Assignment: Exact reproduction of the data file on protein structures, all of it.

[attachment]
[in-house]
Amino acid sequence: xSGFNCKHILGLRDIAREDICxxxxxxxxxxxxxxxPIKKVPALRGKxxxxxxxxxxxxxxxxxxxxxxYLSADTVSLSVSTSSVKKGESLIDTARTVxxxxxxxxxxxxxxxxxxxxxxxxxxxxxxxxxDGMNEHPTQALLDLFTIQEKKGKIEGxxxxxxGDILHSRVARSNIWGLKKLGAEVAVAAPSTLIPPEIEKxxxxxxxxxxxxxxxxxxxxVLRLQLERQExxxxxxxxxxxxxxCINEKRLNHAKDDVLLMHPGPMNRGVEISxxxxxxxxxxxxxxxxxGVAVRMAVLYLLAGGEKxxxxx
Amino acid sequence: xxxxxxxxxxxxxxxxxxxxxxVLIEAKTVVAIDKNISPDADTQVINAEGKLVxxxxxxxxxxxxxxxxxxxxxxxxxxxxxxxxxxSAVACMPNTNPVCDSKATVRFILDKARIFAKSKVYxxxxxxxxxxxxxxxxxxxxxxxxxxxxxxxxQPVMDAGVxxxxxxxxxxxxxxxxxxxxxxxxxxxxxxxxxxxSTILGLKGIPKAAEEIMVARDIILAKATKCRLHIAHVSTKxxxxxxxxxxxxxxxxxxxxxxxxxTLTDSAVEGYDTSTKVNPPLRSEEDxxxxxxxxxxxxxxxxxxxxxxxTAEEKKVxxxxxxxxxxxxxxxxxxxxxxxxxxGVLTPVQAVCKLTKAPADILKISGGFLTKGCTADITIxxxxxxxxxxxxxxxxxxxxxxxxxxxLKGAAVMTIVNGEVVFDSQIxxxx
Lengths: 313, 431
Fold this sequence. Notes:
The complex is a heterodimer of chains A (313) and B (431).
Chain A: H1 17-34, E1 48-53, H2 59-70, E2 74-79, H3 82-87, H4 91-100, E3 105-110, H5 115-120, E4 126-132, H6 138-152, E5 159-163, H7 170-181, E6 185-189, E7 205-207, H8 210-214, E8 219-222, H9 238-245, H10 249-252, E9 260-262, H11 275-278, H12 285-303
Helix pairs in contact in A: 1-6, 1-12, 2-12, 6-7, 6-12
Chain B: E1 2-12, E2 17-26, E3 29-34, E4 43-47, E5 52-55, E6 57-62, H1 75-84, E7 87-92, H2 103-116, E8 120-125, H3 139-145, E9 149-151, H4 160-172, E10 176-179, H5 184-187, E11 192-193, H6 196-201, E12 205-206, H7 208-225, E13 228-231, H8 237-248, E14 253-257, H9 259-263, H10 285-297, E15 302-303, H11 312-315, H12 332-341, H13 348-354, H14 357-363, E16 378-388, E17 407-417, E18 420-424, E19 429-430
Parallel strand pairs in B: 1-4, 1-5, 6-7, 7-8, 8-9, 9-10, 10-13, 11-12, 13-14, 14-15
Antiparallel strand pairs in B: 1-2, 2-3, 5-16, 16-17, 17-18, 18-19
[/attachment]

[in-house]
Amino acid sequence: xSGFNCKHILGLRDIAREDICxxxxxxxxxxxxxxxPIKKVPALRGKxxxxxxxxxxxxxxxxxxxxxxYLSADTVSLSVSTSSVKKGESLIDTARTVxxxxxxxxxxxxxxxxxxxxxxxxxxxxxxxxxDGMNEHPTQALLDLFTIQEKKGKIEGxxxxxxGDILHSRVARSNIWGLKKLGAEVAVAAPSTLIPPEIEKxxxxxxxxxxxxxxxxxxxxVLRLQLERQExxxxxxxxxxxxxxCINEKRLNHAKDDVLLMHPGPMNRGVEISxxxxxxxxxxxxxxxxxGVAVRMAVLYLLAGGEKxxxxx
Amino acid sequence: xxxxxxxxxxxxxxxxxxxxxxVLIEAKTVVAIDKNISPDADTQVINAEGKLVxxxxxxxxxxxxxxxxxxxxxxxxxxxxxxxxxxSAVACMPNTNPVCDSKATVRFILDKARIFAKSKVYxxxxxxxxxxxxxxxxxxxxxxxxxxxxxxxxQPVMDAGVxxxxxxxxxxxxxxxxxxxxxxxxxxxxxxxxxxxSTILGLKGIPKAAEEIMVARDIILAKATKCRLHIAHVSTKxxxxxxxxxxxxxxxxxxxxxxxxxTLTDSAVEGYDTSTKVNPPLRSEEDxxxxxxxxxxxxxxxxxxxxxxxTAEEKKVxxxxxxxxxxxxxxxxxxxxxxxxxxGVLTPVQAVCKLTKAPADILKISGGFLTKGCTADITIxxxxxxxxxxxxxxxxxxxxxxxxxxxLKGAAVMTIVNGEVVFDSQIxxxx
Lengths: 313, 431
Fold this sequence. Notes:
The complex is a heterodimer of chains A (313) and B (431).
Chain A: H1 17-34, E1 48-53, H2 59-70, E2 74-79, H3 82-87, H4 91-100, E3 105-110, H5 115-120, E4 126-132, H6 138-152, E5 159-163, H7 170-181, E6 185-189, E7 205-207, H8 210-214, E8 219-222, H9 238-245, H10 249-252, E9 260-262, H11 275-278, H12 285-303
Helix pairs in contact in A: 1-6, 1-12, 2-12, 6-7, 6-12
Chain B: E1 2-12, E2 17-26, E3 29-34, E4 43-47, E5 52-55, E6 57-62, H1 75-84, E7 87-92, H2 103-116, E8 120-125, H3 139-145, E9 149-151, H4 160-172, E10 176-179, H5 184-187, E11 192-193, H6 196-201, E12 205-206, H7 208-225, E13 228-231, H8 237-248, E14 253-257, H9 259-263, H10 285-297, E15 302-303, H11 312-315, H12 332-341, H13 348-354, H14 357-363, E16 378-388, E17 407-417, E18 420-424, E19 429-430
Parallel strand pairs in B: 1-4, 1-5, 6-7, 7-8, 8-9, 9-10, 10-13, 11-12, 13-14, 14-15
Antiparallel strand pairs in B: 1-2, 2-3, 5-16, 16-17, 17-18, 18-19